It would imply abandoning any reliance on command and control styles. It would mean that we place a far greater emphasis on our ability to build effective relationships than on the position we hold, the knowledge we have or the skills we are adept at. It would mean that we view authority as something we exercise on behalf of those we lead rather than as something we have over those we have a management role toward.

We would have to become skilled in the art of effective conversations – and learn what kind of conversation is required in different contexts. One preferred approach would be to coach rather than always tell others what to do and how to do it. We would need to learn how to support development in those we lead so that they can truly deliver on the processes they own. We would need to learn how to confront when they do not, but to do so in a way that ensures that they take up the accountability for the solution – and in a way that they do not doubt our support.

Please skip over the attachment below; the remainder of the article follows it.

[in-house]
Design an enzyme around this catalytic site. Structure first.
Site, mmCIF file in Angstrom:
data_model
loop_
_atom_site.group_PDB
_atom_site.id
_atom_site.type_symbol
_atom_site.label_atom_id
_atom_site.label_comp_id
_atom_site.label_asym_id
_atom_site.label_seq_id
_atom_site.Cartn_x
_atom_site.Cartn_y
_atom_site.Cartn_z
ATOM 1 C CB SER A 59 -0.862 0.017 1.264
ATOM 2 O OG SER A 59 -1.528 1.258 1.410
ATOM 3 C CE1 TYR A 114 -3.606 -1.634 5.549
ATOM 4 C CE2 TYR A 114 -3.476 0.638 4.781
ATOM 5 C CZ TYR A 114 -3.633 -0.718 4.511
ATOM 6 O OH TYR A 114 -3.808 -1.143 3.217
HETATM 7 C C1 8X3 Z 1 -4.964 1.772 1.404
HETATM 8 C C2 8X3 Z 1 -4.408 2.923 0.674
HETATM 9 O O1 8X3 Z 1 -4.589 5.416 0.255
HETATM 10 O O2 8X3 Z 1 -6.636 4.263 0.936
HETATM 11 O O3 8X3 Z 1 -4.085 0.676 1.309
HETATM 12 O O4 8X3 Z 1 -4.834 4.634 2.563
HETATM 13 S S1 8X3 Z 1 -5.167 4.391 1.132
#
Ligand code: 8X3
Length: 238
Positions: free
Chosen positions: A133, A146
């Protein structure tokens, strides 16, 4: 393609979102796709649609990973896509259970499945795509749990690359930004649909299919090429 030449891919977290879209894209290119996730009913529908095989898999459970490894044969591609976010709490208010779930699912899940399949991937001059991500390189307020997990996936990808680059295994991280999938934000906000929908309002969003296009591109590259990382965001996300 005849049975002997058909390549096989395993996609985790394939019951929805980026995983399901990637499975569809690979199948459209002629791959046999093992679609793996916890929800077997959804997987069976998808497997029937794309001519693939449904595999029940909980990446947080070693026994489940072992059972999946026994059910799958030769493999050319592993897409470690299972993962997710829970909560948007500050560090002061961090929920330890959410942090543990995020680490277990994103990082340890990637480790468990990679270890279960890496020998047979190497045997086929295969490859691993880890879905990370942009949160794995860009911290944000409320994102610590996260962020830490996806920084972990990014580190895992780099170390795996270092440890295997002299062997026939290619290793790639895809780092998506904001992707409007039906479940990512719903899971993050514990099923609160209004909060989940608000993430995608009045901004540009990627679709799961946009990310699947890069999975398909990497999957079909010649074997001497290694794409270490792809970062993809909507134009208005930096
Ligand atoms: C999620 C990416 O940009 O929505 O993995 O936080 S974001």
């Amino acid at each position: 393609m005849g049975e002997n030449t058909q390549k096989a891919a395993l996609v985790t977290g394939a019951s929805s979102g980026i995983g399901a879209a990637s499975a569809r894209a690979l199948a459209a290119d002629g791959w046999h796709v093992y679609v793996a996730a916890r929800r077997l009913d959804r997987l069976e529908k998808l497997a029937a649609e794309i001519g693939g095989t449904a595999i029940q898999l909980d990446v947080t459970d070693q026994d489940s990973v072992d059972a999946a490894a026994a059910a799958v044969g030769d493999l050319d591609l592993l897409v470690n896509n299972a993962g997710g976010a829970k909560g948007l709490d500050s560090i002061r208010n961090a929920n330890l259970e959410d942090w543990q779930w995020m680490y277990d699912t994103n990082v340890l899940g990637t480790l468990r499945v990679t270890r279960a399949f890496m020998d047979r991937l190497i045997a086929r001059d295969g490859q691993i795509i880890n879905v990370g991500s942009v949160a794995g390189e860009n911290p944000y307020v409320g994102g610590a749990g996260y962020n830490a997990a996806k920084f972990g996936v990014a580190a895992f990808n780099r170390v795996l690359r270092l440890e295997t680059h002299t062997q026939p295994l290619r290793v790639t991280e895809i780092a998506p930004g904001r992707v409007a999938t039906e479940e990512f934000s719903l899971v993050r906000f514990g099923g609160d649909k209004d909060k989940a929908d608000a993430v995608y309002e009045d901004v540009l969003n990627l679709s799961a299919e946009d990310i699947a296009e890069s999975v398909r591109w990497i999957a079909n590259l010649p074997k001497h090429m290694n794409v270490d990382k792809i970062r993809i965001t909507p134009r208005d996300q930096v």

This is an approach that means we have to ensure that we are trustworthy and are ready and able to extend trust to those we lead. That rarest quality of leadership – humility – is a core characteristic to embrace if we are to even begin to make this shift. It is certainly one we will need to guard if we are to maintain the right balance of boldness, self-confidence and unselfish leadership of the people we want to envision and engage.